The 100-degree heat at the Scioto Country Club stood in stark contrast to the windswept conditions in 1929, when the competition was held in Yorkshire.
Besides the hot weather the British team were further hampered by the fact that three key players were missing.
The inspirational Henry Cotton was absent because he was refused permission to make his own travel arrangements to the States. Rather than concur with the official insistence that he make the trip with the rest of the team, he declined to play and a late compromise failed to placate him.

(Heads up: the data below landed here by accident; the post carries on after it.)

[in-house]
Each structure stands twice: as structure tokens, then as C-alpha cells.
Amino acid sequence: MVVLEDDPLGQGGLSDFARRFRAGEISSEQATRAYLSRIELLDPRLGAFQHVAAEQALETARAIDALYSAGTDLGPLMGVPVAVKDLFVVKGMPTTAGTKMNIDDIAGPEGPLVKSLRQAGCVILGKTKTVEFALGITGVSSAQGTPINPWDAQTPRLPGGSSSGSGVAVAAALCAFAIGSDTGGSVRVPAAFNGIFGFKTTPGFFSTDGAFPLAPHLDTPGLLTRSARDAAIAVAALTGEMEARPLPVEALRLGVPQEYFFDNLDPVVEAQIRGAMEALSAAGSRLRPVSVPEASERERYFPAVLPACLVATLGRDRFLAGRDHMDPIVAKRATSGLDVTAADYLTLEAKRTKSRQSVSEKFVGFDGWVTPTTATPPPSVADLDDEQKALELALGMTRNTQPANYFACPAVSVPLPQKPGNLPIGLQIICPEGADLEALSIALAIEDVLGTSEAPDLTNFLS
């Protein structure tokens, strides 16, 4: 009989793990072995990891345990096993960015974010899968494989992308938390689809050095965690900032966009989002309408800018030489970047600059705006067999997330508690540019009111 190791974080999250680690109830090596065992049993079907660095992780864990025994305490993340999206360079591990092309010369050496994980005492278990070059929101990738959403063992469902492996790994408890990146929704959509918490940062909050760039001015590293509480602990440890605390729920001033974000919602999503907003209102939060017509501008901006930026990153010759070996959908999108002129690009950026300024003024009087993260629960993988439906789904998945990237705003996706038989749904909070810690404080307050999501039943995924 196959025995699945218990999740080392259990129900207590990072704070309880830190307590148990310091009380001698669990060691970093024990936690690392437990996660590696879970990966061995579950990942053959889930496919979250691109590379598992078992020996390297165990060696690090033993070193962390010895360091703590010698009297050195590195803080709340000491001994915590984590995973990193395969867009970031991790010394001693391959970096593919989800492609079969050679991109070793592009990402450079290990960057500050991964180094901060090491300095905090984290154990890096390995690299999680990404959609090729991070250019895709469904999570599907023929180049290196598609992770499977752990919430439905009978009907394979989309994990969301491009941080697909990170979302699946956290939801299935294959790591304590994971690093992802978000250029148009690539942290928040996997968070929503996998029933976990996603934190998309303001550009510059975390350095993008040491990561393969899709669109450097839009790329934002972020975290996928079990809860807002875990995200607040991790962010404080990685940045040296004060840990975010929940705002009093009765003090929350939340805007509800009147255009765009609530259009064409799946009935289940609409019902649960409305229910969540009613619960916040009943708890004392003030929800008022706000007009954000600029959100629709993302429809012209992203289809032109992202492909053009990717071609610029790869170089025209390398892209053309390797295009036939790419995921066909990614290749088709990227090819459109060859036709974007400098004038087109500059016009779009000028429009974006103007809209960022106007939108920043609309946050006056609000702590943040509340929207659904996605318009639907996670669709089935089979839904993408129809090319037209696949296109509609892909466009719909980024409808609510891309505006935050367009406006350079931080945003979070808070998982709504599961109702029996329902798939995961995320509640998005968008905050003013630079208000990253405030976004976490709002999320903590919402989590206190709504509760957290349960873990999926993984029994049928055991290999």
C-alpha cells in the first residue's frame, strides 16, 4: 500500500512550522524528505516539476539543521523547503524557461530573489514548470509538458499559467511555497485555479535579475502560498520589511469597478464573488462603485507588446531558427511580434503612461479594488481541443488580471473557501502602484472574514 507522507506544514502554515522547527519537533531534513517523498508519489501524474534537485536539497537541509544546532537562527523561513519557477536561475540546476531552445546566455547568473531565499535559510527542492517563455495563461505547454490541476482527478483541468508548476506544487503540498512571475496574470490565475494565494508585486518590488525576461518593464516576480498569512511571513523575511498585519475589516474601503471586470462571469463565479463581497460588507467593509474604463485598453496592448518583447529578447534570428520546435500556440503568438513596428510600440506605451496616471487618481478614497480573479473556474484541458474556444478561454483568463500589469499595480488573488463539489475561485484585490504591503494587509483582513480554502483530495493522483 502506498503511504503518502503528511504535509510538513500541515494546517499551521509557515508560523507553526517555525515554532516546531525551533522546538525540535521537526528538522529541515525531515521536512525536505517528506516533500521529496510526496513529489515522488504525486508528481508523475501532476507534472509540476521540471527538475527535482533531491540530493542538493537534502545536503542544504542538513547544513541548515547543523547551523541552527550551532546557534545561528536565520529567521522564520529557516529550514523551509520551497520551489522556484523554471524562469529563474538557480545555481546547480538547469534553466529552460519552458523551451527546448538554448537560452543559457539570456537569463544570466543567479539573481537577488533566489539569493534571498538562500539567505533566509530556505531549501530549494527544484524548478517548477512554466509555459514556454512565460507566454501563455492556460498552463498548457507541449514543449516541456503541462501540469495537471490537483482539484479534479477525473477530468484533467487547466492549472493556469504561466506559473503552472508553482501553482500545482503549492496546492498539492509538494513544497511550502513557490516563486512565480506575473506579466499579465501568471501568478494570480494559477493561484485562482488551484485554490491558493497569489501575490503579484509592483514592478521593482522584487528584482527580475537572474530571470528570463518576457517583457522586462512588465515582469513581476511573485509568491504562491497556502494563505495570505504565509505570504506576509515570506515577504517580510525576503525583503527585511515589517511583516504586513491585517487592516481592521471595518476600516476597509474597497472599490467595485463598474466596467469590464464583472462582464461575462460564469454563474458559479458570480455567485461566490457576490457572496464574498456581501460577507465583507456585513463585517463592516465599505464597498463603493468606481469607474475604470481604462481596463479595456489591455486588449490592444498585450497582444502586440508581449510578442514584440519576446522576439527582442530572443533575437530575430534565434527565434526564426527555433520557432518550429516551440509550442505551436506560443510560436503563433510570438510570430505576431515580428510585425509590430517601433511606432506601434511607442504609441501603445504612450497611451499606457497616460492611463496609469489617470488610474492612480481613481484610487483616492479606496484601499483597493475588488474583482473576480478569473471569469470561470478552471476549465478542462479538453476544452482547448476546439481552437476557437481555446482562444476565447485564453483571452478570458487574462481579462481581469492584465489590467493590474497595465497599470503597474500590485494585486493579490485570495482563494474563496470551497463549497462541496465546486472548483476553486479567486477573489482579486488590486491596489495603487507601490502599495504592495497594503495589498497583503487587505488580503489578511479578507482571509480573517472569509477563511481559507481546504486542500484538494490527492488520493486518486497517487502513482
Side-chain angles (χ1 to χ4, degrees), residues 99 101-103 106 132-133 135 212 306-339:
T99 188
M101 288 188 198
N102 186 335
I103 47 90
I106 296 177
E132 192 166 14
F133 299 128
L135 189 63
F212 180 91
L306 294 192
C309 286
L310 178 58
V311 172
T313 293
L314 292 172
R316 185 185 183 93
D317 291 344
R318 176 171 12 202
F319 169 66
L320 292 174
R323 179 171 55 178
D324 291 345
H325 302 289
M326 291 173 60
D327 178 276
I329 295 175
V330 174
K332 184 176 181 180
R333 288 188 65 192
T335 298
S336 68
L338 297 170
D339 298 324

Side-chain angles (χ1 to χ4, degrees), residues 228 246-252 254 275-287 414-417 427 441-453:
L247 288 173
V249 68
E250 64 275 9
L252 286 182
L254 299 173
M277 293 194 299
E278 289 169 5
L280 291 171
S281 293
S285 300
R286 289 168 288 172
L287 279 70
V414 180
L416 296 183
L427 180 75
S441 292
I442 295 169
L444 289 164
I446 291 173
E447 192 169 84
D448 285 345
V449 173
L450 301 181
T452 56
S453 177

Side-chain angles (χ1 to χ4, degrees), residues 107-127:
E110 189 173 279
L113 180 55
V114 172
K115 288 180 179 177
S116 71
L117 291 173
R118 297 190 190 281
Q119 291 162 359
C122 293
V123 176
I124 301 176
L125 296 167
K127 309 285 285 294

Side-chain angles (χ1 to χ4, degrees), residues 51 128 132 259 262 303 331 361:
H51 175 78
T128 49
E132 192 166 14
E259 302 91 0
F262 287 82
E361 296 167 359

Percy Alliss and Aubrey Boomer, who had assorted connections with clubs in Germany, France and Belgium, were also excluded because residency rules dictated that only home-based players could take part in the Ryder Cup.
American captain Walter Hagen avenged his huge singles defeat against opposing captain George Duncan in 1929 by teaming up with Herman Densmore Shute to defeat Duncan and Arthur Havers 10&9.
Shute was to go on and play a pivotal role in the 1933 Ryder Cup, where he made headlines of a different kind. Britain did not just lose by six points, they surrendered many of them by big margins and returned home disconsolate.